ESA title

Cultural Change for Green Transition

  • Opportunity Call for Proposals (Competitive)
  • Activity Kick-start Activity
  • Opening date 28-06-2024
  • Closing date 19-09-2024
  • WEBINAR 28 June 2024 - 11:00 CEST Register


This ‘Cultural Change for Green Transition’ opportunity provides funding to teams who would like to develop a service related to applications that trigger cultural change by raising awareness on climate change and providing mitigating actions. Funding will be provided by the European Space Agency (ESA) for 6-month studies called ‘Kick-Starts’, which can lead onto larger scale Demonstration Projects. Kick-Starts are funded at 75% by ESA for a maximum of €75K per contract. Proposed services must use satellite data or space-based technologies. Please see the ‘Authorisation of Funding’ section below to check whether your team is eligible for funding.


Climate change has emerged as our society evolved towards modernisation, with the rise of industrialisation and technological advancement. Those trends induced new behaviours, attitudes and habits such as overconsumption with negative effects on the environment. In other words, climate change is the consequence of damaging cultural change. 

To counter the worst effects of climate change, many citizens are taking proactive actions that have a positive impact on the environment. These include waste reduction, choosing the train over the plane, and eating  less meat. Industry are also taking positive steps to reduce their greenhouse gas (GHG) emissions, improve the water quality, etc, - all steps to mitigate climate change. But for our societies to become more sustainable, there needs to be a paradigm shift in mindset,  habits and even in beliefs in all quarters. In short, we must develop a culture of care for our climate. 

The World Bank and UNESCO have indicated  that education is the only way to raise awareness on climate change and its emergency. Only  when they are aware of the consequences of their actions, will citizens adapt their behaviours accordingly. Additionally, research demonstrated that less educated people are more vulnerable to the risks of climate change. Therefore, the global initiative of greening education partnership encourages the role of education in tackling the climate crisis. Greening the school curriculum provides students with the right tools and solutions to show resilience towards the climate change risks. It also helps them develop green skills and become qualified for green jobs. Education is not only crucial for students, but it also aims to sensitise citizens, governments, cities and communities. Hence, the greening education partnership is deployed around three further pillars:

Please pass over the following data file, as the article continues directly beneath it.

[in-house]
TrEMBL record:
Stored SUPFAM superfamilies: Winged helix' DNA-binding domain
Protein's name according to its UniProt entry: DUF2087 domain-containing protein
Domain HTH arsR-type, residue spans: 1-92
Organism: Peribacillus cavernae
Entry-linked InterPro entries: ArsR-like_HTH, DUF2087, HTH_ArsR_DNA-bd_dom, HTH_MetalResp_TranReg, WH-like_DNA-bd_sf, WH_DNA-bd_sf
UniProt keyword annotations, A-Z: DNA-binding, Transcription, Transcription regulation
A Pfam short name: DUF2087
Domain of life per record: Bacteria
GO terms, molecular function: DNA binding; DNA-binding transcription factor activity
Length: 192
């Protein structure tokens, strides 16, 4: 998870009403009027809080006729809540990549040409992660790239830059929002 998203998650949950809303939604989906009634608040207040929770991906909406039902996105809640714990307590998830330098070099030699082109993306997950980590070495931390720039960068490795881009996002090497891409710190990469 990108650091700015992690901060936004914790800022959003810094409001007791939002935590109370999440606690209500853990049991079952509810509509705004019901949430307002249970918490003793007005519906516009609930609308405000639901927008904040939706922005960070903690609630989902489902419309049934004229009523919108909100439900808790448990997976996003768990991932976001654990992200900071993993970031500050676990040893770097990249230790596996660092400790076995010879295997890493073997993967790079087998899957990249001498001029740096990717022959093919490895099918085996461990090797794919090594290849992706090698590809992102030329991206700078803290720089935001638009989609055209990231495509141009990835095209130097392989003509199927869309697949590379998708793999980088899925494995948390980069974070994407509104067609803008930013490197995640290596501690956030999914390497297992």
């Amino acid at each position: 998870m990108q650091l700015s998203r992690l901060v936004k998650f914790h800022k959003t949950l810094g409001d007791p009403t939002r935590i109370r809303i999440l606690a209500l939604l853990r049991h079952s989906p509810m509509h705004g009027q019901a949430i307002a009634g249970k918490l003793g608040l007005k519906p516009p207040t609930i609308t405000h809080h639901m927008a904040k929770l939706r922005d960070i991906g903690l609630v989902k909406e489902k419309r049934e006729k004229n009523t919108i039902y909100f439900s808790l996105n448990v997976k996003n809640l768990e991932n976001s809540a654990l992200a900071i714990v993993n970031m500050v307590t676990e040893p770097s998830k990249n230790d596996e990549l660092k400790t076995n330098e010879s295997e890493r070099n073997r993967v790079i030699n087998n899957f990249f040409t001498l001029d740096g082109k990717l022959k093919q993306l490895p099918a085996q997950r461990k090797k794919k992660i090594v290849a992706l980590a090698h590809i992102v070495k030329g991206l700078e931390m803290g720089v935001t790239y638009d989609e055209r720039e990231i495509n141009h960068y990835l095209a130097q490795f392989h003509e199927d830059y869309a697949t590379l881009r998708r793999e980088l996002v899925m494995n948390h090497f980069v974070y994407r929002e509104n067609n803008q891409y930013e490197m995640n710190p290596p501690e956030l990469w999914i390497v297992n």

• greening curricula
  • greening teacher training and education systems’ capacities 
  • greening communities

The scope of this Kick-Start theme is to evaluate the technical feasibility and commercial viability of space-based innovations that trigger cultural change by raising awareness on climate change and providing mitigating actions. The overarching goal is to contribute to the development of a sustainable society and prepare the next generation to face tomorrow’s challenges. Space-based solutions offer a unique opportunity to educate and raise awareness about the climate emergency, to share tools and knowledge, and to forecast weather catastrophes.


Below are some relevant topics that have been identified for this Kick-Start.

Cultural Change for Climate Awareness

Raising awareness about the effects of climate change is necessary to initiate the behavioural change required in the population to promote actions aimed at the green transition. Although the scientific community has provided numerous publications about how climate change is largely a consequence of human activities and how the need for action is urgent and increasingly compelling, many people still do not accept the scientific evidence and, as a consequence, deny the changes in our climate. Often the denial is manifested by dismissing rising global temperatures as   a natural phenomenon which is not influenced by humans or their activities.

Increasing outreach to raise awareness levels among the general population is an essential means of supporting our society as it copes with climate change, and of motivating people to make the changes that are needed. It has been shown that education significantly increases coping capacity with regards to particular climatic changes, and that this improves the resilience of people to climate risks in general.
Some potential applications could be:

  • Services to enhance citizens’ science, supporting public engagement and collaboration in transformation and innovation, by designing experiments, providing new data, using experimental devices and sensors, and interpreting data by creating results that are interesting for many applications. The services will facilitate the participation of the wider community, allowing the demonstration of concrete examples of the effects of climate changes.
  • Services to exploit art and other visual techniques to enhance visibility of the effects of climate change and support related mitigating actions. Such services, based on tools that are different from traditional scientific reports, could include for instance art exhibitions or interactive installations and would be intended to reach out to a large audience. Also, for this application, satellite-based images are useful for creating compelling visualisations and interactive maps to showcase environmental changes and for promoting an understanding of global environmental issues.